Salt to the Sea is one of the best pieces of historical fiction I have ever read. Not only does it tell the story from a different perspective (four teenagers who are from different countries and AREN’T jews), but it comprehensively tells the story from the switching perspectives of these four teenagers as their history and future unwinds. It was beautiful.
- I really enjoyed the format the story was told in. All four narrators (Joana, Florian, Alfred, and Emilia) were from different countries and situations, but were all extremely affected by the war.
- Florian warmed my heart and was a true hero. He is just such a genuine guy and always (however reluctantly) has to help people.
- Emilia and her story constantly surprised me and kept me wondering what would happen next.
- Joana is a caring and competent character, but really becomes better when she is with other people (doesn’t really matter who, but people make her more interesting *cough* *Florian and Klaus*).
- I felt like Alfred was missing substance for most of the story. He was a despicable character who had been brainwashed by Hitler and really just wanted to make a name for himself and become famous. The worst and most annoying part is that he went about it in the absolute worst way and was terrible to most of the people he deemed “below him” (even though he wasn’t a high ranking person).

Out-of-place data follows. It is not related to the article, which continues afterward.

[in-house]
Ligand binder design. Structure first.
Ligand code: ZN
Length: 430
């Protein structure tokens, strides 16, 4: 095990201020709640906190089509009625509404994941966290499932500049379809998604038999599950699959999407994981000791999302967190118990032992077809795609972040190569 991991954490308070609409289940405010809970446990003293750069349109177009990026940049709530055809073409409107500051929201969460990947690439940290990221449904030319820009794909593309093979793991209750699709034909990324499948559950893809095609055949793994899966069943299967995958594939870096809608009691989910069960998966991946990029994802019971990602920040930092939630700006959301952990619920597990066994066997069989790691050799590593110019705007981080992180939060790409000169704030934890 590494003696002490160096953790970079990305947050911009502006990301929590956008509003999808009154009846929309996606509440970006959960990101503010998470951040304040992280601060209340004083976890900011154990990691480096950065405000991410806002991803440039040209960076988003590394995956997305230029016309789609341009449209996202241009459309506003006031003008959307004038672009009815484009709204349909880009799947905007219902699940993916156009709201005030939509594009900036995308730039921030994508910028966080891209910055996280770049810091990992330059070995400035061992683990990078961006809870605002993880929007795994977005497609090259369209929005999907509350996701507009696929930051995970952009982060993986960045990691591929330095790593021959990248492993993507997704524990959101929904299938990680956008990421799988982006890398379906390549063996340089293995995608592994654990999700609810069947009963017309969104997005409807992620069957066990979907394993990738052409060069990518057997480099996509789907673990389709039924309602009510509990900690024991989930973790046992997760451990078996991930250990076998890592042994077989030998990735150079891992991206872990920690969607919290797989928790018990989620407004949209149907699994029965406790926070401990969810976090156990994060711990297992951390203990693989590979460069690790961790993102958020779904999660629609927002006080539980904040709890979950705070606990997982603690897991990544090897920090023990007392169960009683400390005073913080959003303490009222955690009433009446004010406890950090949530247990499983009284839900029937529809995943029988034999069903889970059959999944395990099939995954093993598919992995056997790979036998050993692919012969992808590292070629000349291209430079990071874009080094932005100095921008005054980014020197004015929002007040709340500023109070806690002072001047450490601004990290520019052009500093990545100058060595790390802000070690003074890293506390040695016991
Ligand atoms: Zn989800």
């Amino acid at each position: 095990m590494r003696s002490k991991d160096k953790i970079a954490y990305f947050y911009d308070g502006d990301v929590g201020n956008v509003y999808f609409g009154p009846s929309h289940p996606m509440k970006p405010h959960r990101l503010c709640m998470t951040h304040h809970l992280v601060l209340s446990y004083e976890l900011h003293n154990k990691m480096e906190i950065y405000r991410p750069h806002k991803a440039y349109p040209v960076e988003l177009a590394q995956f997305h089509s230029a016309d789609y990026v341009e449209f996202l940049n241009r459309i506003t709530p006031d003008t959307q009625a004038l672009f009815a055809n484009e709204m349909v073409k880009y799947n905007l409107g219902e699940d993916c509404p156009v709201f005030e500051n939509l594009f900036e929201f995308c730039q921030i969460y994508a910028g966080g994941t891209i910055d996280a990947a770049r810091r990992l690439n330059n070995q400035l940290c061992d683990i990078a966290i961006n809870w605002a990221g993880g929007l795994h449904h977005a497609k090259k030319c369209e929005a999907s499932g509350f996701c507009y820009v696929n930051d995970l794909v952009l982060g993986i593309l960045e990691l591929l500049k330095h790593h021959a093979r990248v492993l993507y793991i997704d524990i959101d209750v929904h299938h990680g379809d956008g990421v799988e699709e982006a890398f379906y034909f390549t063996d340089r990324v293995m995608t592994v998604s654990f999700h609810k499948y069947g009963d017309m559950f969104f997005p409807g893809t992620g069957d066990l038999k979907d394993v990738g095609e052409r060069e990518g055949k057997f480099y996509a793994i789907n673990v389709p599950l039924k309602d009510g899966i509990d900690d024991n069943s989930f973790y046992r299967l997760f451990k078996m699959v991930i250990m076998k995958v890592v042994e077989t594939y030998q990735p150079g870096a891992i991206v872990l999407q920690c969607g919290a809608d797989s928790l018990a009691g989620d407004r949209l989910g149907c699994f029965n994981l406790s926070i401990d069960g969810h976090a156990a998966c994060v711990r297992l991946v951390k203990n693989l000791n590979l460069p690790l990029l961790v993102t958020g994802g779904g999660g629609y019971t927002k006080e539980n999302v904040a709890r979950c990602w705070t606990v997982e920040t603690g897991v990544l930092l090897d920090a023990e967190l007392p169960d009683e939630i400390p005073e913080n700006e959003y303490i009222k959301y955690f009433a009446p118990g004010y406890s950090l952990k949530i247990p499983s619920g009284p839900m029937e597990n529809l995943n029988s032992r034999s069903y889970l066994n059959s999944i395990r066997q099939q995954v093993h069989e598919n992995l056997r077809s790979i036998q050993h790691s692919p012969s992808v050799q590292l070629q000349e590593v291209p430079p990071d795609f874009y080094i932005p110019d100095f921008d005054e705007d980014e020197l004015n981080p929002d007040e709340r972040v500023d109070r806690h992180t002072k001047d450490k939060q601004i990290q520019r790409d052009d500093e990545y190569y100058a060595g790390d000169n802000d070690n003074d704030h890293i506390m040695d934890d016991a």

- Some of my favorite characters were the secondary ones such as the Shoe Poet (Heinz) because he was so loving and cared about Klaus so deeply, the wandering boy (Klaus) because he showed how age didn’t matter when it came to the war’s devastation (also, he is the innocence of the story, and I hope he got to hold on to a little of it despite all he endured), and Sorry Eva (who also annoyed me a lot, but was still funny at times).
I read this book because this year’s Academic Decathlon (nerd competitions) theme is WW2, and so I wanted to slowly drift in the direction of the required reading while still learning more about WW2. Even though it was fiction, I still learned a lot, and some of it was based off of real events. It made me think about different perspectives in the war and how many different groups were affected by the war.
“No one wanted to fall into the hands of the enemy. But it was growing harder to distinguish who the enemy was.” (21)
“If you observe carefully, dear, you won’t have to ask.” (128)
“I became good at pretending. I became so good that after a while the lines blurred between my truth and fiction. And sometimes, when I did a really good job of pretending, I even fooled myself.” (147)
“Yes, it is calming in an indescribable way to find oneself. Few men have the opportunity. I am one of those men. I now understand what it is to feel superior. And I quite like it.” (277)
Winter, 1945. Four teenagers. Four secrets.
Each one born of a different homeland; each one hunted, and haunted, by tragedy, lies…and war.
As thousands of desperate refugees flock to the coast in the midst of a Soviet advance, four paths converge, vying for passage aboard the Wilhelm Gustloff, a ship that promises safety and freedom.
Yet not all promises can be kept.
Inspired by the single greatest tragedy in maritime history, bestselling and award-winning author Ruta Sepetys (Between Shades of Gray) lifts the veil on a shockingly little-known casualty of World War II. An illuminating and life-affirming tale of heart and hope.